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K-State sets enrollment, donation records, looks to 2025

By Bryan Richardson

Kansas State showed itself to be a university on the rise in 2012.

Records set during the year include 24,378 students enrolled this fall, $121 million in donations in fiscal year 2012, $25.8 million in athletic support and the participation of 91,975 alumni in various ways.

With the growth in students comes the need for more living space. K-State president Kirk Schulz told the Mercury in May that he expects to open the first new student dormitory on campus in a half century within the next two to three years.

In the meantime, the university developed new spaces for its students to live such as the Living Community at Claflin, which is exclusive to students who have already lived in a K-State residence hall and have elected to return for the academic year.

The university entered into a minimum two-year lease agreement with Elsey Partners LLC on the 104-bedroom property for the community. There are also three new apartment buildings at Jardine Apartments, the university’s apartment complex.

The university continues to develop K-State 2025, the goal set by Schulz for K-State to become a top-50 public research institution by 2025.

Launched in February 2010, the plan has been developed and refined through focus groups including various campus leaders. After developing a university-wide plan during fall 2011 and spring 2012 semesters, each college and unit will spend this academic year developing their own plans on how they’ll meet K-State 2025 goals.

Officials are using eight metrics to determine whether the university is meeting its goal of advancing from its current spot between 80 and 90 among public research universities:

* Total research and development expenditures

* Total endowment

* Number of national academy members

* Number of defined faculty awards

* Number of doctorates granted annually

* Freshman-to-sophomore retention rate

* Six-year graduation rate

* Percent of undergraduate students involved in research

As the university moves towards this goal, it has received some love for various rankings.

K-State’s student population, including its international students, helped Manhattan rank number 14 on the American Institute for Economic Research College Destinations Index among college towns under 250,000 residents. The index considered academic environment, quality of life and professional opportunities.

The Princeton Review’s Best 377 Colleges list features the university, ranking it highly in various categories, including second for campus/community relations, fourth for quality of life, eighth for happiest students, 12th for best-run colleges, 13th for student love for their college, 14th for jock schools and 16th for most religious students.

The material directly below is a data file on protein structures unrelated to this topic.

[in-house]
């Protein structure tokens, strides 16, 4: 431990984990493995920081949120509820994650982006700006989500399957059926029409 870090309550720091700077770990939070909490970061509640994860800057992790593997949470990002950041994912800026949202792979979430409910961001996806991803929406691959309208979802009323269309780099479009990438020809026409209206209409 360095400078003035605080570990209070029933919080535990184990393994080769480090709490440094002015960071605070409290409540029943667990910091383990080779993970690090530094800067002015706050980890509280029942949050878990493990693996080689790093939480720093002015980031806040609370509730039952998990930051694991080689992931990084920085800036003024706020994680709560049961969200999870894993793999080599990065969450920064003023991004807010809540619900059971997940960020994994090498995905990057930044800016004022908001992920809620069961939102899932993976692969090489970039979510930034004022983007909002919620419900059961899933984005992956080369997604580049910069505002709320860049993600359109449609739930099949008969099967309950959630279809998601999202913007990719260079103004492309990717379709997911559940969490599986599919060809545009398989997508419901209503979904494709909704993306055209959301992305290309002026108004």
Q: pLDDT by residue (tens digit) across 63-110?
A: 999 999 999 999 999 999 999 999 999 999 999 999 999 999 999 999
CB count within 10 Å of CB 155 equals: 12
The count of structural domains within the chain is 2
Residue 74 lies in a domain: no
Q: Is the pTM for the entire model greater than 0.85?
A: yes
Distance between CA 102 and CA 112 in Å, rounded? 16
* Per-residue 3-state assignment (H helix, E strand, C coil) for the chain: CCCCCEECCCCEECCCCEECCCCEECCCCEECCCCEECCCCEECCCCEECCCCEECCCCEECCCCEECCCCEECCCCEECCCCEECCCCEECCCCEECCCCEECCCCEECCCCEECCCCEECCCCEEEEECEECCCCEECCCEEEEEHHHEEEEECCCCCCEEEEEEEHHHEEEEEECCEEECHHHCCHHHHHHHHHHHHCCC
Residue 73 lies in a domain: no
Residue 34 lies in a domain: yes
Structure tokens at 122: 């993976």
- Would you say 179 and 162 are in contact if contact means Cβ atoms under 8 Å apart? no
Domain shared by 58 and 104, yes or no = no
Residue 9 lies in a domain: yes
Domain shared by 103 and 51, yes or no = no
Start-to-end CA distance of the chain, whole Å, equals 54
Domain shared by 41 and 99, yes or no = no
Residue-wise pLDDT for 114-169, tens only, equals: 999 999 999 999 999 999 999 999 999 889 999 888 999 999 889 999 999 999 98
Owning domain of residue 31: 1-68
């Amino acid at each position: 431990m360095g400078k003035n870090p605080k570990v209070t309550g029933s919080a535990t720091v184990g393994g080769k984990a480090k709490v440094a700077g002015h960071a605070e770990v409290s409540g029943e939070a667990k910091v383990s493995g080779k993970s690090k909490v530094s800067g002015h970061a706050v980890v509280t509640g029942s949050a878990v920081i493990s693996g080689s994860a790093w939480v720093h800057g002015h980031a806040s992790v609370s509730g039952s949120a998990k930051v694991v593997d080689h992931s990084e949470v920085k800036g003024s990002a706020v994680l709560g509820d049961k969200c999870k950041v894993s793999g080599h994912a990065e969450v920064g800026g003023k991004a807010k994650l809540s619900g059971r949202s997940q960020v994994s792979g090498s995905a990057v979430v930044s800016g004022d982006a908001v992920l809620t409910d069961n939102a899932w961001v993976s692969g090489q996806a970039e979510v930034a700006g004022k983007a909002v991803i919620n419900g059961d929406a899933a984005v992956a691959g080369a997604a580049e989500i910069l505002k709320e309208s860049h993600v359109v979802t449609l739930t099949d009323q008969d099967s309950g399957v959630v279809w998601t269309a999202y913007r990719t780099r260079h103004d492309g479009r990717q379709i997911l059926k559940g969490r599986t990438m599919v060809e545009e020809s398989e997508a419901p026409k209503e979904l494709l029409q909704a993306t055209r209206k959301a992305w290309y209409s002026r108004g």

Earlier this year, Kansas State was named a top-75 public university in terms of best value for education in the Princeton Review’s book, “The Best Value Colleges: 2012 Edition.”

The university also made Forbes’ 2012 America’s Top Colleges list, which includes 650 colleges, and the U.S. News and World Reportís best colleges list as a top 70 public university and 139 overall, up four spots from last year. The U.S. News and World Report list also ranked the College of Engineering 75th in undergraduate engineering programs.

The university has continued to grow in other ways as well.

K-State set up its third international recruitment office this spring in Vietnam, which comes after China in 2006 and India in 2008. K-State is using the services of Capstone Vietnam, a company that offers recruiting and networking help to other higher education institutions.

The College of Human Ecology is utilizing the 16,000-square-foot addition to Justin Hall. The new space, which was completed in time for the fall semester, has classrooms, conference rooms and a student services center area.

The College of Arts and Science gained a new school in the School of Music, Theatre and Dance, which started this fall. The new combination that forms the school has approximately 500 majors/minors.

Gary Mortenson, the director of the School of Music, Theatre and Dance, said putting the three departments together for a school can increase the status of the university’s arts and the chances of donations.

Schulz has said it’s clear that future of funding will involve getting more private donations and additional state money for specific initiatives rather than across-the-board increases.

Last year, the initiatives funded by the state included $5 million for K-State veterinary medicine to increase the number of faculty and research staff support staff, research equipment and graduate student enhancement.

Gov. Sam Brownback told the Kansas Board of Regents in November that the Legislature doesn’t like increasing funding broadly but will provide targeted funds for initiatives.

Earlier in the fall, a group of professional alumni and student photographers participated in “We Are K-State,” a project documenting a week at K-State.

It was inspired by the 1986 book “A Week at K-State: Photographs of College Life,” which showcased photos taken by professional alumni and student photographers over the course of seven days.

Progress of the project can be followed at, where the final project will be posted. The plan is to utilize an interactive website with images and video, book and mobile phone application to showcase the photos.

The project will be a part of the university’s 150th anniversary festivities in 2013. K-State is preparing for a nine-month sesquicentennial celebration with various events Feb. 14-17.t like increasing funding broadly but will provide targeted funds for initiatives.

Earlier in the fall, a group of professional alumni and student photographers participated in

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